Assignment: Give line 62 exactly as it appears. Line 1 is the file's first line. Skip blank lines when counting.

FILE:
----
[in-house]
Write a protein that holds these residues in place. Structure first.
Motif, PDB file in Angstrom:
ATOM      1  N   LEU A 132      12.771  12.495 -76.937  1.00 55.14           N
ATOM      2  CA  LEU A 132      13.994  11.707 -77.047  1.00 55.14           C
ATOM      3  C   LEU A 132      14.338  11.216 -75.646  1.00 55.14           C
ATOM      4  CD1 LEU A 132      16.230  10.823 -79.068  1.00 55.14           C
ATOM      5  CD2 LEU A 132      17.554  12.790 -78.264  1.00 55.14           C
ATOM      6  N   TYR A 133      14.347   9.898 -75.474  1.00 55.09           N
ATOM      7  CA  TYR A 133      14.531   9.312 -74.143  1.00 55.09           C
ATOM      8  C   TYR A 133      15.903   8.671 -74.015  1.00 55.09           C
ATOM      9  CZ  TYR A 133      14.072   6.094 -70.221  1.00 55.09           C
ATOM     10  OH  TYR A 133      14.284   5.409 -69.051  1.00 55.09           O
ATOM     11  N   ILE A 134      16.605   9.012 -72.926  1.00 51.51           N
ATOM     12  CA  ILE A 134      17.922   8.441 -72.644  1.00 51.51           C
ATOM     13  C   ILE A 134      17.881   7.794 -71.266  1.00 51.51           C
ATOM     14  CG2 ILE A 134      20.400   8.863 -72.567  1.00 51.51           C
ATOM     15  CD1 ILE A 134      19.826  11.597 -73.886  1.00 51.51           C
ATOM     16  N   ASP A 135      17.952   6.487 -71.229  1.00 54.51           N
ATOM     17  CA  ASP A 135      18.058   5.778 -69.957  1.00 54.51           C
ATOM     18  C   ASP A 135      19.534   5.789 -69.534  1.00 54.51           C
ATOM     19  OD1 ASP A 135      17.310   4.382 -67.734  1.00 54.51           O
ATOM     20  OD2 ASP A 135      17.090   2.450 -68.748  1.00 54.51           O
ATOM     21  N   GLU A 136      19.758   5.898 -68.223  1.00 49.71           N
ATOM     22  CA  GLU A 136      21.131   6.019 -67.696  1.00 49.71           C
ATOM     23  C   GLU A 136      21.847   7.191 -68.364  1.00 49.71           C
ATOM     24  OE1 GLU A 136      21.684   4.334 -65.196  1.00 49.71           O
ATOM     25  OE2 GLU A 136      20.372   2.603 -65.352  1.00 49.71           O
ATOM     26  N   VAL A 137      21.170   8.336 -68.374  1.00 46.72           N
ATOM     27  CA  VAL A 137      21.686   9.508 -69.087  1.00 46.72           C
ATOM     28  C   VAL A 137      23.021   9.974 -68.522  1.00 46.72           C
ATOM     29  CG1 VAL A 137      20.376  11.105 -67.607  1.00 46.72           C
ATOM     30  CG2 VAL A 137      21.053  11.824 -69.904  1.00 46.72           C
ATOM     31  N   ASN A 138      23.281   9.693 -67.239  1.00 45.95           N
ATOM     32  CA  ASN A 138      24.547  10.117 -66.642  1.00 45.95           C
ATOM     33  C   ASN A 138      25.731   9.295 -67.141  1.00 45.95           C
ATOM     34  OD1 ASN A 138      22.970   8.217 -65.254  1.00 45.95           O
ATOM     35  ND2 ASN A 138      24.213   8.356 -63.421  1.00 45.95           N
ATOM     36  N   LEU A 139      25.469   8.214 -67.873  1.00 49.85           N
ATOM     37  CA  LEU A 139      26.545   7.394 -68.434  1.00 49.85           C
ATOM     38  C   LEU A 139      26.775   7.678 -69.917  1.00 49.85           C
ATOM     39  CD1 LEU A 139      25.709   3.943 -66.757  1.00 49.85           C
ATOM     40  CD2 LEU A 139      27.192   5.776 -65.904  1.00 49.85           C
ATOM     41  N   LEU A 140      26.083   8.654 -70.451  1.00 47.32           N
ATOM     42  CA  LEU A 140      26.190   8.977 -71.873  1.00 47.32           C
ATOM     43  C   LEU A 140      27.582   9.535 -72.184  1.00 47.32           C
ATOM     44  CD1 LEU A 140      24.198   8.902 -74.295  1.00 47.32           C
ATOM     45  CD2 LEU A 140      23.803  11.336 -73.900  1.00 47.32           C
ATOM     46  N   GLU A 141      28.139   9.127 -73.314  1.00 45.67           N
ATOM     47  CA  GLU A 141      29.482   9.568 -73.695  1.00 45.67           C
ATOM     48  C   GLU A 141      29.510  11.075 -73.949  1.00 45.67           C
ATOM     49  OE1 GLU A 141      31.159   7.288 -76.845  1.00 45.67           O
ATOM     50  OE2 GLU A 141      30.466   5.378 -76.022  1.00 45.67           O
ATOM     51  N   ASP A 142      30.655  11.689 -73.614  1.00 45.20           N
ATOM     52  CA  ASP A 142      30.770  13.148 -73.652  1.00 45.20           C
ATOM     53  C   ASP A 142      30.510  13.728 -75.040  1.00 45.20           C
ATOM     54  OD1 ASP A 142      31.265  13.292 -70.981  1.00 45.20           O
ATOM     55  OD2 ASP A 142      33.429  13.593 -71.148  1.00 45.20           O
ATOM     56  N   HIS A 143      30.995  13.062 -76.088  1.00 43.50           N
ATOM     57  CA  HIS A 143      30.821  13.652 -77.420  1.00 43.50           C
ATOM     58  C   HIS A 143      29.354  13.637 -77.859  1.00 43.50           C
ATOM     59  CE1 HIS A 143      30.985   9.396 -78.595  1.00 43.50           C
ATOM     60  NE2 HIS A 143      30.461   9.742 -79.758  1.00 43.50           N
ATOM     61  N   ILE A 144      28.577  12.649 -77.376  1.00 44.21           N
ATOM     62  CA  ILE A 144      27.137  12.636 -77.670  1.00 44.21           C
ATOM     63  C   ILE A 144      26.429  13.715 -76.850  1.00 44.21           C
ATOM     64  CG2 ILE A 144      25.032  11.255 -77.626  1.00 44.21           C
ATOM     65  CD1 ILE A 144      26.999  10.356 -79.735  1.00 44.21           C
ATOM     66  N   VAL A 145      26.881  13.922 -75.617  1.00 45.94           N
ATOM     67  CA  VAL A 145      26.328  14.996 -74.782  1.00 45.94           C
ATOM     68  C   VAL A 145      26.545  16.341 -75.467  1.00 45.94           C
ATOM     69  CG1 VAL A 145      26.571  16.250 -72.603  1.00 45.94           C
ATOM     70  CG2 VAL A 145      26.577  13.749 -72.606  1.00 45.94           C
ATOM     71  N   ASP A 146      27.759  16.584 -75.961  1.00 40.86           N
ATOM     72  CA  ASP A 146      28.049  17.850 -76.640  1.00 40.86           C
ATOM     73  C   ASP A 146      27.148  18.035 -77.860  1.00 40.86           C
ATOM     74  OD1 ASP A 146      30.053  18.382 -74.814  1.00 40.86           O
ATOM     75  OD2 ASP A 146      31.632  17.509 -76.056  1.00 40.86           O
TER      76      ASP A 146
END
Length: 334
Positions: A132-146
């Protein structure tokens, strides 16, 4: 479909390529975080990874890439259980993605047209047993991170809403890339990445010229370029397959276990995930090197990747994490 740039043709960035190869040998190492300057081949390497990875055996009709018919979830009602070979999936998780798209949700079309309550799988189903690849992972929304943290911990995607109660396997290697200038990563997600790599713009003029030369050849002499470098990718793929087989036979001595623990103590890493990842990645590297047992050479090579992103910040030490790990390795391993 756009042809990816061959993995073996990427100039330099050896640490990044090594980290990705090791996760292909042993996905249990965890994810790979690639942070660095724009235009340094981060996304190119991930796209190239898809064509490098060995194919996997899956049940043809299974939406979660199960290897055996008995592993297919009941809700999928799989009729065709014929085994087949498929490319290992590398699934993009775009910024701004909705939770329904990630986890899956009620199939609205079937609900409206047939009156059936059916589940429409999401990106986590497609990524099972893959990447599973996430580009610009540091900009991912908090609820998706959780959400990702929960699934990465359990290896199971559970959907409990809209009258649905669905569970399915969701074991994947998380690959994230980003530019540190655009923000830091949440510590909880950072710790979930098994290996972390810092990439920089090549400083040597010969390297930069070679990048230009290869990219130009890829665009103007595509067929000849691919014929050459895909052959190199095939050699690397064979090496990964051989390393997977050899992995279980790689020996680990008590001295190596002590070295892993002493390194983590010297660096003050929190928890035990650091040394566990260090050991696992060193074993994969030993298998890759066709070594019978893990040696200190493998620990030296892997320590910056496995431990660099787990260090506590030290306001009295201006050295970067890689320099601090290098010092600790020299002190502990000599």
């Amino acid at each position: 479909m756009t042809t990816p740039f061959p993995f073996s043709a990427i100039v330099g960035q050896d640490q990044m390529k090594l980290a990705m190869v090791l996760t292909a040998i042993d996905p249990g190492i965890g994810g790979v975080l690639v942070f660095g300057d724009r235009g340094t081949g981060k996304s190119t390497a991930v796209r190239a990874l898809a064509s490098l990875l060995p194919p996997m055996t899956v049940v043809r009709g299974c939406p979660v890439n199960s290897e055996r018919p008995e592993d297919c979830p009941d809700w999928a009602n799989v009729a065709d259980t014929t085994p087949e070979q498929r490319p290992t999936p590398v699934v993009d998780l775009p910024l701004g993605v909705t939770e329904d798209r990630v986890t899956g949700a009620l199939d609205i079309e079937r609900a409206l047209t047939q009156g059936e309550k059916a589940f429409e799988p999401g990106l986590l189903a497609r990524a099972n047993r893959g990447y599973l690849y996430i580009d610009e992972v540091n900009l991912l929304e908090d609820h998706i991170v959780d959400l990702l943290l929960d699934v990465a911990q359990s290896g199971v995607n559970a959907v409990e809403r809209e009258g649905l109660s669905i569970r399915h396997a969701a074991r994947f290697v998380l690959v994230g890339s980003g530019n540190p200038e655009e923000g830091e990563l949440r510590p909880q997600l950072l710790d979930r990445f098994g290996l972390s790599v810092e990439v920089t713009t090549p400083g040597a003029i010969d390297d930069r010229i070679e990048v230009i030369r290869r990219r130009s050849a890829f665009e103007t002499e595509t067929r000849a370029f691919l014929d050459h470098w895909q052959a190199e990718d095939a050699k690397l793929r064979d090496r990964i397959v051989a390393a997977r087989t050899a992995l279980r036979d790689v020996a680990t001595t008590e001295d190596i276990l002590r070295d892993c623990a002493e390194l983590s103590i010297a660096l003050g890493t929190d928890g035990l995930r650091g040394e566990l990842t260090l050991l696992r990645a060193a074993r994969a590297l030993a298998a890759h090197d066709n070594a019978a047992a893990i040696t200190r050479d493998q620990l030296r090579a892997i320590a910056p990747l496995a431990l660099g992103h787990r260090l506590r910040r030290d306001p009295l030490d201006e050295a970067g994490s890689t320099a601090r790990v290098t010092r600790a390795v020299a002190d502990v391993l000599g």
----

ATOM     59  CE1 HIS A 143      30.985   9.396 -78.595  1.00 43.50           C